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I am female and travel about 160 nights alone for work(Irish Festivals). When possible I stay on venue where there is hired security. I use Ohio rv areas and PA turnpike. Recently I packed up Pittsburgh, drove East to first rest area, got there 10pm. I get out of car, leave two empty ups in cup holder, big pair of boots outside of door. I go in lock door, close curtains, lights on and go to bed. I do not go into rest area store, mind my business, and in morning enjoy my breakfast. D hit the road.
I do end up with huge amts of cash which I split up and hide and I always have handy roll I willingly hand over if needed. I would never argue in a robbery.i grew up camping where we always slept with screen door, I would live to do that, but just feel when alone better to lock door at night. When my husband come caming for our vacation trips, door stays open!
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Old 09-23-2014, 08:27 PM   #38
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Fifty years of extensive travel and camping without a threat. Well, a six-year-old tried to grab my wallet once in Manila.

If a campsite doesn't look right to you, move on.
Strange about Manila. Years ago in Manila (and some other places in asia, I had women (some may have just looked like women) that didn't seem much older than that try to grab me in places more important to me than my wallet.

Come to think of it, I believe I've heard that currently, you must watch for that, if you try to save a bit of money and spend the night in a truck stop.

I have heard some true stories of people in RVs being mugged and worse while camping alone off the beaten track. My advice is to stay on the beaten track especially at night.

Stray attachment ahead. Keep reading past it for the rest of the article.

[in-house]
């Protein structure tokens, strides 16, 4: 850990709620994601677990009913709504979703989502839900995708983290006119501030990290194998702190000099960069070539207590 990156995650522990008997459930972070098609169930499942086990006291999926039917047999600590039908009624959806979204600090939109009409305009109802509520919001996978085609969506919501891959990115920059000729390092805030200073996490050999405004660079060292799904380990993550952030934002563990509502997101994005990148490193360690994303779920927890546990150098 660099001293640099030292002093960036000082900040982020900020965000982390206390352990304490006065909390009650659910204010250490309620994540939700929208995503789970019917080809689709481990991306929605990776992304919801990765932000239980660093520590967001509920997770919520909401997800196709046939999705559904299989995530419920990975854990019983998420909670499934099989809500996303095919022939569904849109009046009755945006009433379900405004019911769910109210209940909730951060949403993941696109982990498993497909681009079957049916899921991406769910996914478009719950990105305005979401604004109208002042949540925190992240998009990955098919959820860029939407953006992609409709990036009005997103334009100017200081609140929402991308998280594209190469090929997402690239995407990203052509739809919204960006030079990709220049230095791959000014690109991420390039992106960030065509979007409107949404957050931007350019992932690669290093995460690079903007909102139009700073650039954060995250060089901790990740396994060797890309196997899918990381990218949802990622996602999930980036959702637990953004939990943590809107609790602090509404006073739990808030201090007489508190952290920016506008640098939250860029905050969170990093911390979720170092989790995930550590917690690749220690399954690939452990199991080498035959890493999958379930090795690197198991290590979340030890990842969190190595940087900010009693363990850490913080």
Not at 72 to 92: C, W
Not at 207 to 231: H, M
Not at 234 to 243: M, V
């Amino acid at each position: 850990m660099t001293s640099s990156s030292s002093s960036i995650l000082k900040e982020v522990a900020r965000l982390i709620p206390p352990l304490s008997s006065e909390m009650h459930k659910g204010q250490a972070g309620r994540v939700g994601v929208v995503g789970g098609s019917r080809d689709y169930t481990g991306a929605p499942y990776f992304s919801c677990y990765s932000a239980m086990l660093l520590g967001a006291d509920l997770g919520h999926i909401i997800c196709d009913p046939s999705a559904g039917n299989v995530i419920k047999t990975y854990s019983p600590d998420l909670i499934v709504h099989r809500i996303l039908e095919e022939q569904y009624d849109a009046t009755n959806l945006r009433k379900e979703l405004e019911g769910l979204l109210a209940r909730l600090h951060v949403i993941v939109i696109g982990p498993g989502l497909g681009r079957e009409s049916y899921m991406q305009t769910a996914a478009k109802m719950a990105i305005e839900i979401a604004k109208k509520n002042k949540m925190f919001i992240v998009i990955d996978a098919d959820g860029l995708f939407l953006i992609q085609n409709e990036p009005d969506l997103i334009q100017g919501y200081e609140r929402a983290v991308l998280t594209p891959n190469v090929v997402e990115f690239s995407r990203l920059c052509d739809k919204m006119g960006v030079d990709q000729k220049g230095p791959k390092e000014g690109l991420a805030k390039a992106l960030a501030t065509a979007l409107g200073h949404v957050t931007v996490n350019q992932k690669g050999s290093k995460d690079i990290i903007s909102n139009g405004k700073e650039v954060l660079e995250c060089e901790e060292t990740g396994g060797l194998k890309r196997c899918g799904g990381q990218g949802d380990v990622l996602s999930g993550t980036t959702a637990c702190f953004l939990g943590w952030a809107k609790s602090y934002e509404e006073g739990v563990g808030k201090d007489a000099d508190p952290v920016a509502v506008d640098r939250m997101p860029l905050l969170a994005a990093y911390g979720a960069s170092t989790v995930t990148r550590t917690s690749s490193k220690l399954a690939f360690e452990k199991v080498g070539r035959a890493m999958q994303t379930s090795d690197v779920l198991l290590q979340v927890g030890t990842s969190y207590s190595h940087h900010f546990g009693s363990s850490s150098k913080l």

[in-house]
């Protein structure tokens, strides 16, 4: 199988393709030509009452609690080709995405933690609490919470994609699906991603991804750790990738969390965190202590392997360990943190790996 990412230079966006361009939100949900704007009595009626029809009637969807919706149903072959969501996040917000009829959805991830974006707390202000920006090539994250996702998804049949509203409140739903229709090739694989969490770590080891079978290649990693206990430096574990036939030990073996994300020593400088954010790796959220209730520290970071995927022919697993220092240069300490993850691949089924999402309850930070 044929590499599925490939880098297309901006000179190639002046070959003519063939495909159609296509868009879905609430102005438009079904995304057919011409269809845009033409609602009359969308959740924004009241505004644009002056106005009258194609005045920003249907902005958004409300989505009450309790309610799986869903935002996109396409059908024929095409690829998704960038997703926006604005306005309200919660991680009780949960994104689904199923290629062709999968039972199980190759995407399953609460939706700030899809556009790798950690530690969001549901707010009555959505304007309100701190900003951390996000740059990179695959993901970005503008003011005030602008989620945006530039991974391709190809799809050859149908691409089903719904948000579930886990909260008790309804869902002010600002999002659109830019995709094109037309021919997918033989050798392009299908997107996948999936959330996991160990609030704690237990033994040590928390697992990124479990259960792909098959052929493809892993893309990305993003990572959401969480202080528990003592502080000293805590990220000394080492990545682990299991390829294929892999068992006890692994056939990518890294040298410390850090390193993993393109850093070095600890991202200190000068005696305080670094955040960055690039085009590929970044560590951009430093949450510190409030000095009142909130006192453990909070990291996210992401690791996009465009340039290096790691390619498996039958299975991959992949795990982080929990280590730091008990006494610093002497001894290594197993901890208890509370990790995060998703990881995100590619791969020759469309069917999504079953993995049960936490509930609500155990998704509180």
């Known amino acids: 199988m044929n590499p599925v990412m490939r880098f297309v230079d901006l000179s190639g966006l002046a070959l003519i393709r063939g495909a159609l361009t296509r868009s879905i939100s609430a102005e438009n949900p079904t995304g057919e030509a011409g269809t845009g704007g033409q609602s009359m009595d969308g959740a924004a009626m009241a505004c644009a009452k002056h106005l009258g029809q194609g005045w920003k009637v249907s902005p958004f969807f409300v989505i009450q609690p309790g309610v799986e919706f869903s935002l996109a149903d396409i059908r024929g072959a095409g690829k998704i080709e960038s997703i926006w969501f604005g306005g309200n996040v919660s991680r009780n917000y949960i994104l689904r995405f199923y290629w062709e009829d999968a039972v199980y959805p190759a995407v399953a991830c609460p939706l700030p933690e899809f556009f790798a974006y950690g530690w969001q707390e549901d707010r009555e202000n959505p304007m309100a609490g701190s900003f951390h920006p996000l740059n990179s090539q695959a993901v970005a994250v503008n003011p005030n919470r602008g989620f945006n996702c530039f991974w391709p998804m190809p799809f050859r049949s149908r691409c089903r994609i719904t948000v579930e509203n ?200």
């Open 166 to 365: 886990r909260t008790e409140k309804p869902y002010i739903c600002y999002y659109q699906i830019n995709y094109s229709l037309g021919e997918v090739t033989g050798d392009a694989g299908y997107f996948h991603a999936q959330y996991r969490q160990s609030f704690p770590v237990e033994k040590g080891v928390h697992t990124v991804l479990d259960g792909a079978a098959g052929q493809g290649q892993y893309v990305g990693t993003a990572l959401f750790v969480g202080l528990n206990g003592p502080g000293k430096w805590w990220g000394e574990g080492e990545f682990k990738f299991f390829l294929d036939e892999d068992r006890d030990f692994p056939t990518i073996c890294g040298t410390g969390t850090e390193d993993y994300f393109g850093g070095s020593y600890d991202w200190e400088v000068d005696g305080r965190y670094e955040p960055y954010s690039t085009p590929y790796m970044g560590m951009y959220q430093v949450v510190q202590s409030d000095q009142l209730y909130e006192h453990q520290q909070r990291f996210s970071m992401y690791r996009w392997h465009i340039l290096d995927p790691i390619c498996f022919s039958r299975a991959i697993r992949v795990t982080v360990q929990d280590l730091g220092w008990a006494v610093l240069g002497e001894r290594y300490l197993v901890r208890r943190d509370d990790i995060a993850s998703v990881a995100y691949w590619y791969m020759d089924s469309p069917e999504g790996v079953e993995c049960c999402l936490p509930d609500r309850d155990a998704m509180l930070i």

Ken
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Old 09-23-2014, 09:39 PM   #39
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As Canadians, not only do we not have firearms, and pepper spray is not legal here either!




I do sense things are getting more dangerous over the years. These days, so at least to feel a bit more secure in such situations, I do keep a can of wasp spray close by the night table - as well as a rather nasty looking knife that I think might have been owned by a Gurkha at some time in the past!

I guess that is where it would be an advantage to having a motorhome rather than a trailer! A lot easier to just start it up and drive off! One feels a bit more vulnerable in a trailer!

I often wonder if Canadians are more at risk when traveling in the US because of our restrictive gun laws - probably a good bet that most of us would not have firearms and i suppose that would be anticipated by would be thieves and other unsavory characters!

Brian
If you have a Kukri knife, you have the very best close in, mano-mano personal protection system in the world. I wouldn't trade my Kukri for a gun.

It was one of the up sides thought of when I bought my 310 turbo diesel, that we could drive away from a situation.

I think Canadians are no more at risk than other out of state visitors. If anything a robber will hit a Yank first over a Canuck as we have funny money that would be a bother to him (or her) to exchange.

Hope to run into you one day.

Cheers
Tony
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Old 09-23-2014, 10:02 PM   #40
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I actually did have beer stolen from my cooler one night, which was better than the guy next to me, because his whole cooler was stolen, along with his surfboard...

Situational awareness would have saved me a few beers... Kids, beach, cooler full of beer. I should have seen it coming.

-Red, still looking for the Corona bandits...

One of the camp hosts are Rainbow River Campgrounds told us a great story of how he had to chase down a raccoon who stole his cooler of beer in the middle of the night!


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Old 09-23-2014, 10:23 PM   #41
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On the way back from Alumafandango I did 3 days solo in Lake Siskiyou. The campground was empty. I kept my airhorn & larger pepper spray in the trailer and while hiking wore my emergency whistle and carried my small pepperspray. Used common sense, had my dinner and campfire early then retired for the evening. I always lock my trailer door.
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Old 09-23-2014, 11:16 PM   #42
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Camped on my own since I was 18. Later married, two boys, now grown. Rarely did I think about security problems when camping. Grew up in a tough neighborhood, so have an idea about situational awareness. I camp to escape urban issues. I think most others do too. Rarely had a fellow camper seemed threatening. Most campgrounds are filled with children.